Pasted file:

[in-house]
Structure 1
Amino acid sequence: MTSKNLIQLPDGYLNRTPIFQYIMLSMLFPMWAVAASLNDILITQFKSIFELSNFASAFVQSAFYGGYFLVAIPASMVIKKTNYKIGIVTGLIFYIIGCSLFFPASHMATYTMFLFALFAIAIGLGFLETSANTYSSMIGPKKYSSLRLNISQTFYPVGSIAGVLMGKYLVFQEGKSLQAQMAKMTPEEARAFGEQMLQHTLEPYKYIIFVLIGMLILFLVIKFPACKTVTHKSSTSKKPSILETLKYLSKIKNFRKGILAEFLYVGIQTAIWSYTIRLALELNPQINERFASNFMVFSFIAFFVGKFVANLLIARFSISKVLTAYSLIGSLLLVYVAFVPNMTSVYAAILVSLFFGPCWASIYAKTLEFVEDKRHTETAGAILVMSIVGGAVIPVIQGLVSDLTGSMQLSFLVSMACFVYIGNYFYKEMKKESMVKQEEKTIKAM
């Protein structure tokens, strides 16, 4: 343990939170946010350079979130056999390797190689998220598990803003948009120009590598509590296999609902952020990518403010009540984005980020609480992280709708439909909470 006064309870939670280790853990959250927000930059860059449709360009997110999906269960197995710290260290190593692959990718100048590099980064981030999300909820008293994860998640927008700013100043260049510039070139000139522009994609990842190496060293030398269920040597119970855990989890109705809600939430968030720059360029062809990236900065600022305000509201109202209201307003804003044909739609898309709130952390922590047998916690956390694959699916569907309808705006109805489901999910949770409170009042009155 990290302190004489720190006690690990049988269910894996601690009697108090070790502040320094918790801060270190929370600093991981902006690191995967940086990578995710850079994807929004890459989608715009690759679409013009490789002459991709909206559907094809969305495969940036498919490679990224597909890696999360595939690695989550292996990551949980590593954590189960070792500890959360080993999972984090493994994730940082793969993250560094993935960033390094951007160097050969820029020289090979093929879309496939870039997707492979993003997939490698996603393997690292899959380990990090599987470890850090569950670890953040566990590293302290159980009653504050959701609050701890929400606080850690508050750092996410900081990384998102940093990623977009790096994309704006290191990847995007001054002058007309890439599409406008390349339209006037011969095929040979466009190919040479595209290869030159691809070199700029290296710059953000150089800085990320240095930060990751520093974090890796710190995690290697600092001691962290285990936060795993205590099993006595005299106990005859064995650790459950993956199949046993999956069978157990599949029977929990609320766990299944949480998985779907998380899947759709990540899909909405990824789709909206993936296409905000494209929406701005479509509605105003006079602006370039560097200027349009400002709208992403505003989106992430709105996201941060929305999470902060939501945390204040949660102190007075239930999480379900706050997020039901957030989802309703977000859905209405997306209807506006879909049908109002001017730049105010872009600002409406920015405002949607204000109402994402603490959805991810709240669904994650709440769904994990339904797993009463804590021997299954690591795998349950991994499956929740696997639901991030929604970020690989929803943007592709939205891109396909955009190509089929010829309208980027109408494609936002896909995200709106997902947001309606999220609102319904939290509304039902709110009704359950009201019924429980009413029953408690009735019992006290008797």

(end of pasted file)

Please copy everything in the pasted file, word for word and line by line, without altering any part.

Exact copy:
[in-house]
Structure 1
Amino acid sequence: MTSKNLIQLPDGYLNRTPIFQYIMLSMLFPMWAVAASLNDILITQFKSIFELSNFASAFVQSAFYGGYFLVAIPASMVIKKTNYKIGIVTGLIFYIIGCSLFFPASHMATYTMFLFALFAIAIGLGFLETSANTYSSMIGPKKYSSLRLNISQTFYPVGSIAGVLMGKYLVFQEGKSLQAQMAKMTPEEARAFGEQMLQHTLEPYKYIIFVLIGMLILFLVIKFPACKTVTHKSSTSKKPSILETLKYLSKIKNFRKGILAEFLYVGIQTAIWSYTIRLALELNPQINERFASNFMVFSFIAFFVGKFVANLLIARFSISKVLTAYSLIGSLLLVYVAFVPNMTSVYAAILVSLFFGPCWASIYAKTLEFVEDKRHTETAGAILVMSIVGGAVIPVIQGLVSDLTGSMQLSFLVSMACFVYIGNYFYKEMKKESMVKQEEKTIKAM
């Protein structure tokens, strides 16, 4: 343990939170946010350079979130056999390797190689998220598990803003948009120009590598509590296999609902952020990518403010009540984005980020609480992280709708439909909470 006064309870939670280790853990959250927000930059860059449709360009997110999906269960197995710290260290190593692959990718100048590099980064981030999300909820008293994860998640927008700013100043260049510039070139000139522009994609990842190496060293030398269920040597119970855990989890109705809600939430968030720059360029062809990236900065600022305000509201109202209201307003804003044909739609898309709130952390922590047998916690956390694959699916569907309808705006109805489901999910949770409170009042009155 990290302190004489720190006690690990049988269910894996601690009697108090070790502040320094918790801060270190929370600093991981902006690191995967940086990578995710850079994807929004890459989608715009690759679409013009490789002459991709909206559907094809969305495969940036498919490679990224597909890696999360595939690695989550292996990551949980590593954590189960070792500890959360080993999972984090493994994730940082793969993250560094993935960033390094951007160097050969820029020289090979093929879309496939870039997707492979993003997939490698996603393997690292899959380990990090599987470890850090569950670890953040566990590293302290159980009653504050959701609050701890929400606080850690508050750092996410900081990384998102940093990623977009790096994309704006290191990847995007001054002058007309890439599409406008390349339209006037011969095929040979466009190919040479595209290869030159691809070199700029290296710059953000150089800085990320240095930060990751520093974090890796710190995690290697600092001691962290285990936060795993205590099993006595005299106990005859064995650790459950993956199949046993999956069978157990599949029977929990609320766990299944949480998985779907998380899947759709990540899909909405990824789709909206993936296409905000494209929406701005479509509605105003006079602006370039560097200027349009400002709208992403505003989106992430709105996201941060929305999470902060939501945390204040949660102190007075239930999480379900706050997020039901957030989802309703977000859905209405997306209807506006879909049908109002001017730049105010872009600002409406920015405002949607204000109402994402603490959805991810709240669904994650709440769904994990339904797993009463804590021997299954690591795998349950991994499956929740696997639901991030929604970020690989929803943007592709939205891109396909955009190509089929010829309208980027109408494609936002896909995200709106997902947001309606999220609102319904939290509304039902709110009704359950009201019924429980009413029953408690009735019992006290008797």